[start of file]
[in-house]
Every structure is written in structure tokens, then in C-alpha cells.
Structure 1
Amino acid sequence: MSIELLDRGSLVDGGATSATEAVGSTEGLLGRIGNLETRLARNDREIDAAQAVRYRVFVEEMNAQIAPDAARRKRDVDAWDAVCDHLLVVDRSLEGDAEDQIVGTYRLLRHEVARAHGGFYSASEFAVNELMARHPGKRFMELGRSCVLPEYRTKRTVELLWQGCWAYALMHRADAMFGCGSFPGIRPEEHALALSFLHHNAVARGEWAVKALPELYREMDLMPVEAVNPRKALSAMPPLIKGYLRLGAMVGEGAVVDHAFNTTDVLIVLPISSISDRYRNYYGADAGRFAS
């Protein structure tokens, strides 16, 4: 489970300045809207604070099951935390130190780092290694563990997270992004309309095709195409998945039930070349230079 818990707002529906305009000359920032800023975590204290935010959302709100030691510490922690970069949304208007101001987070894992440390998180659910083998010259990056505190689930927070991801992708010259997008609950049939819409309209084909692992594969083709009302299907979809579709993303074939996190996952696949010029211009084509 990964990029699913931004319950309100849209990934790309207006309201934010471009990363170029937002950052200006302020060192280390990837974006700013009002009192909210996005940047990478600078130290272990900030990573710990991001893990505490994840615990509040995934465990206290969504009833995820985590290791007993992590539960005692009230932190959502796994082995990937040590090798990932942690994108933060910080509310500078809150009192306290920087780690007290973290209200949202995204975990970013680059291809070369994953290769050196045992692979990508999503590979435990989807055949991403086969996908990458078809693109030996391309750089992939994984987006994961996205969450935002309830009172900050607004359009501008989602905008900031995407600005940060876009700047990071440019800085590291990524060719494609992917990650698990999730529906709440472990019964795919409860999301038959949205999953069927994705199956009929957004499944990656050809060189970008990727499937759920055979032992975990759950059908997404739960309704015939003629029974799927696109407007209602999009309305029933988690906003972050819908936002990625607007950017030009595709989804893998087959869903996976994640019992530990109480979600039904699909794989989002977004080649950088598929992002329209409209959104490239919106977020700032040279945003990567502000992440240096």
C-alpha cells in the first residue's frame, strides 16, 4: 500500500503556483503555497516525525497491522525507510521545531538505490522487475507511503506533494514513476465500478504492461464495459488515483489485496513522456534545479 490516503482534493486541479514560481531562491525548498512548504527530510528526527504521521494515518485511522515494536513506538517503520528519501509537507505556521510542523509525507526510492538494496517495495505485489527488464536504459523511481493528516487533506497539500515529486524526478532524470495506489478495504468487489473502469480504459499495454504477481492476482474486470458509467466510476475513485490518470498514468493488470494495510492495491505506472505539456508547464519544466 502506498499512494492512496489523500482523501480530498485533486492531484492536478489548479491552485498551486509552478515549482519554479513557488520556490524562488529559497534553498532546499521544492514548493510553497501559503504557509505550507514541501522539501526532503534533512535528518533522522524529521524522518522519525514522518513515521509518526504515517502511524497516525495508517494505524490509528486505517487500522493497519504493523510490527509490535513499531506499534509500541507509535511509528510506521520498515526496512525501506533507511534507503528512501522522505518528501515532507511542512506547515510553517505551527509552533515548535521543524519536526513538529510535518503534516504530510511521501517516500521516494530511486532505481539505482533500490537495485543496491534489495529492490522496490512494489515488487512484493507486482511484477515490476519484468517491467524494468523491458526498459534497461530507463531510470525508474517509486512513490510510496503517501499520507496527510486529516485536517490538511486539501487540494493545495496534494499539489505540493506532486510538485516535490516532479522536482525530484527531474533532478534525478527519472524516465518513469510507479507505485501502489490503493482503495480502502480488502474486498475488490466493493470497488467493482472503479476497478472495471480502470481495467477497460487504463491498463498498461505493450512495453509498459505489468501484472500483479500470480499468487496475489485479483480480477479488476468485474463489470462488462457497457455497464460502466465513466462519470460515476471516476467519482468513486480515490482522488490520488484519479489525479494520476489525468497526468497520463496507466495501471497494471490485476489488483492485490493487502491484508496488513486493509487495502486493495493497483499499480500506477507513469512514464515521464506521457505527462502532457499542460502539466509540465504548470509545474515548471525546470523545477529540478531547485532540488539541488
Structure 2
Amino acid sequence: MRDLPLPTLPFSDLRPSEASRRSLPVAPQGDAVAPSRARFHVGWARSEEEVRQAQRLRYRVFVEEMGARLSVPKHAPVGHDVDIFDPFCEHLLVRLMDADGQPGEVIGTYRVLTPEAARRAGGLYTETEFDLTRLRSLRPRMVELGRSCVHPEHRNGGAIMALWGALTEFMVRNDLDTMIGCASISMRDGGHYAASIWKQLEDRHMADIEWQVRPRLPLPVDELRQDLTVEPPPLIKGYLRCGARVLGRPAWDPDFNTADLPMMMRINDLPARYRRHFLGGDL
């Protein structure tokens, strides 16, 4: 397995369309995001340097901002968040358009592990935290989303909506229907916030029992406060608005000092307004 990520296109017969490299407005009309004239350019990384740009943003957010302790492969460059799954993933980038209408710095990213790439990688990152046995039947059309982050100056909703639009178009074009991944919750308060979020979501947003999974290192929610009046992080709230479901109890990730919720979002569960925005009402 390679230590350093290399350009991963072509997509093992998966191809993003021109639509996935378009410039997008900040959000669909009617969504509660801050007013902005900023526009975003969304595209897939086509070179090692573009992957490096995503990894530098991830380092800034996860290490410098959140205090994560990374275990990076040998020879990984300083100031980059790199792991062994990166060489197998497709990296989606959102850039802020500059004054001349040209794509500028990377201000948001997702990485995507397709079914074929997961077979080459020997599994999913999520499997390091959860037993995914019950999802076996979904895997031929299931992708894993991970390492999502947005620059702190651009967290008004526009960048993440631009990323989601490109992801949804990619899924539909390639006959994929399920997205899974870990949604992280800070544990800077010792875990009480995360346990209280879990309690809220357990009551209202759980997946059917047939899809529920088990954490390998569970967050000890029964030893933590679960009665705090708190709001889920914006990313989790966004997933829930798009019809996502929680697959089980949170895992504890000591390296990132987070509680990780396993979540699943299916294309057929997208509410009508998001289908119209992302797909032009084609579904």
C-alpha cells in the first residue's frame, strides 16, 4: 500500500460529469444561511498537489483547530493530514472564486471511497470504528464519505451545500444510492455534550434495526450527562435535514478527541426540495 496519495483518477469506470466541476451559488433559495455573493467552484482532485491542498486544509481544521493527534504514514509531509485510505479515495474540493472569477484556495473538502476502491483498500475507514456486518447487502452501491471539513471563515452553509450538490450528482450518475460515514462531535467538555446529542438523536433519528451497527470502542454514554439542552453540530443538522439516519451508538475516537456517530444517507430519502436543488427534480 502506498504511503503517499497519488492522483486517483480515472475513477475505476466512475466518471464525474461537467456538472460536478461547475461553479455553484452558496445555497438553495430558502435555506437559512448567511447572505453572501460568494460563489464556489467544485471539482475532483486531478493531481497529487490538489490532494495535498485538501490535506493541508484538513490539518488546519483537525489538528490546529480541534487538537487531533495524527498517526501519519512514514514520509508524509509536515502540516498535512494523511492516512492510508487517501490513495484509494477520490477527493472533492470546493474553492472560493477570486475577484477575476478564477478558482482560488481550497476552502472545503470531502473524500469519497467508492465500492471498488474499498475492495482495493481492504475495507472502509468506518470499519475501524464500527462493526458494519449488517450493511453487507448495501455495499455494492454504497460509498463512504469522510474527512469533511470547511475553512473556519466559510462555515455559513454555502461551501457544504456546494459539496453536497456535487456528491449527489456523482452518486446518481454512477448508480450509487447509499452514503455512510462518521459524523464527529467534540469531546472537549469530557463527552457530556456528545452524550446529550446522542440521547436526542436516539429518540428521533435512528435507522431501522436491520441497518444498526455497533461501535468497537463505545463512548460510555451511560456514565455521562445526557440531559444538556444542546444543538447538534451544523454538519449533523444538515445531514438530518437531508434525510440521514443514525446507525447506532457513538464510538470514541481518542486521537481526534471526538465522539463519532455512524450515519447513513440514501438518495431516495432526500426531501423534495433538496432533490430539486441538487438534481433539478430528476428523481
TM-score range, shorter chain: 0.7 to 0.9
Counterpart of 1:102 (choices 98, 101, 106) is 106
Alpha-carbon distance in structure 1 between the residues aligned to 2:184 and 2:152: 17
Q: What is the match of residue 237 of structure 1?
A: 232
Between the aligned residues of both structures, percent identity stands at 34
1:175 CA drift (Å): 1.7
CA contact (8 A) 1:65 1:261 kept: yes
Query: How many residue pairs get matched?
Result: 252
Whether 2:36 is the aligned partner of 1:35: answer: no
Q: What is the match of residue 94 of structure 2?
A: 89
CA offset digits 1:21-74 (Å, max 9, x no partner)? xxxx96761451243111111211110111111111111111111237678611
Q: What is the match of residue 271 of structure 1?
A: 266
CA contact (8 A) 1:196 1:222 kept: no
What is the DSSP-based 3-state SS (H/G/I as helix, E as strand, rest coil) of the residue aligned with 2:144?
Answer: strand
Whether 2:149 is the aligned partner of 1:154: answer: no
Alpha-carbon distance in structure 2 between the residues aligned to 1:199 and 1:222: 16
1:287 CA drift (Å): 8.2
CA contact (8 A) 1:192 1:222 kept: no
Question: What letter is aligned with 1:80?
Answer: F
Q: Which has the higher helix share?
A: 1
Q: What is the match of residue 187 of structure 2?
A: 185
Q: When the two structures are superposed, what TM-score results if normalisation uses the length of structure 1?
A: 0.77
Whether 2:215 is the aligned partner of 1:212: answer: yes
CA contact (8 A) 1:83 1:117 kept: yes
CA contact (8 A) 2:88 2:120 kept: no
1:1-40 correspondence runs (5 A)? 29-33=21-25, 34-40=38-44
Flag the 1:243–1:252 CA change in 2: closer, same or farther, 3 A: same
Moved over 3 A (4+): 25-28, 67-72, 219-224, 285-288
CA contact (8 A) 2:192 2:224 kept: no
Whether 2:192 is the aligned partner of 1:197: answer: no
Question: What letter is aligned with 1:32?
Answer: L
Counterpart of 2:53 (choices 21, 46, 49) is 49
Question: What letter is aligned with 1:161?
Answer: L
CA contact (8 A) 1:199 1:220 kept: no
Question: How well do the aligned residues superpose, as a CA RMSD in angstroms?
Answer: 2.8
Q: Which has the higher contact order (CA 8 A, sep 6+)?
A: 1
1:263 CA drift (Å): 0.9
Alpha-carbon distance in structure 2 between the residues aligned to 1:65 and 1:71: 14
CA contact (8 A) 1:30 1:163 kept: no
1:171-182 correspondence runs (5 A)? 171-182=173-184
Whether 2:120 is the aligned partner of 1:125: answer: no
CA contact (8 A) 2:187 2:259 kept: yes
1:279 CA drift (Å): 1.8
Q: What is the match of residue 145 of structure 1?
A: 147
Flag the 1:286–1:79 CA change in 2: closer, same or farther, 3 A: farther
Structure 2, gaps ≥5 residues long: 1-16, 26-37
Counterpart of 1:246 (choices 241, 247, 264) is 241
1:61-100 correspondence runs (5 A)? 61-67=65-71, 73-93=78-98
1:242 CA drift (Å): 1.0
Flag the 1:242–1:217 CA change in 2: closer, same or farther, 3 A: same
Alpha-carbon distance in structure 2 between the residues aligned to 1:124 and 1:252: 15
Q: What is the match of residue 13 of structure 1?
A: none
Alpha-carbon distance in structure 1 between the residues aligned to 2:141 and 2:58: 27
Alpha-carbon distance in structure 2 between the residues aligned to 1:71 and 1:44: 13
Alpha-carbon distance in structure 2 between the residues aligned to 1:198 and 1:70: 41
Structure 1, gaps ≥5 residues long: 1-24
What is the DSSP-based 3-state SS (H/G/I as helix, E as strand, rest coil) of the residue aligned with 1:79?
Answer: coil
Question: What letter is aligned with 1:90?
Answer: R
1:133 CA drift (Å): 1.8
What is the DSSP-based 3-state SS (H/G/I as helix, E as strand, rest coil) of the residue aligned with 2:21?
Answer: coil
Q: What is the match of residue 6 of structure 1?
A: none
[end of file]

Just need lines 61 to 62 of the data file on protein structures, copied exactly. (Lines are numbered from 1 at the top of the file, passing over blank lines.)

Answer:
Alpha-carbon distance in structure 2 between the residues aligned to 1:65 and 1:71: 14
CA contact (8 A) 1:30 1:163 kept: no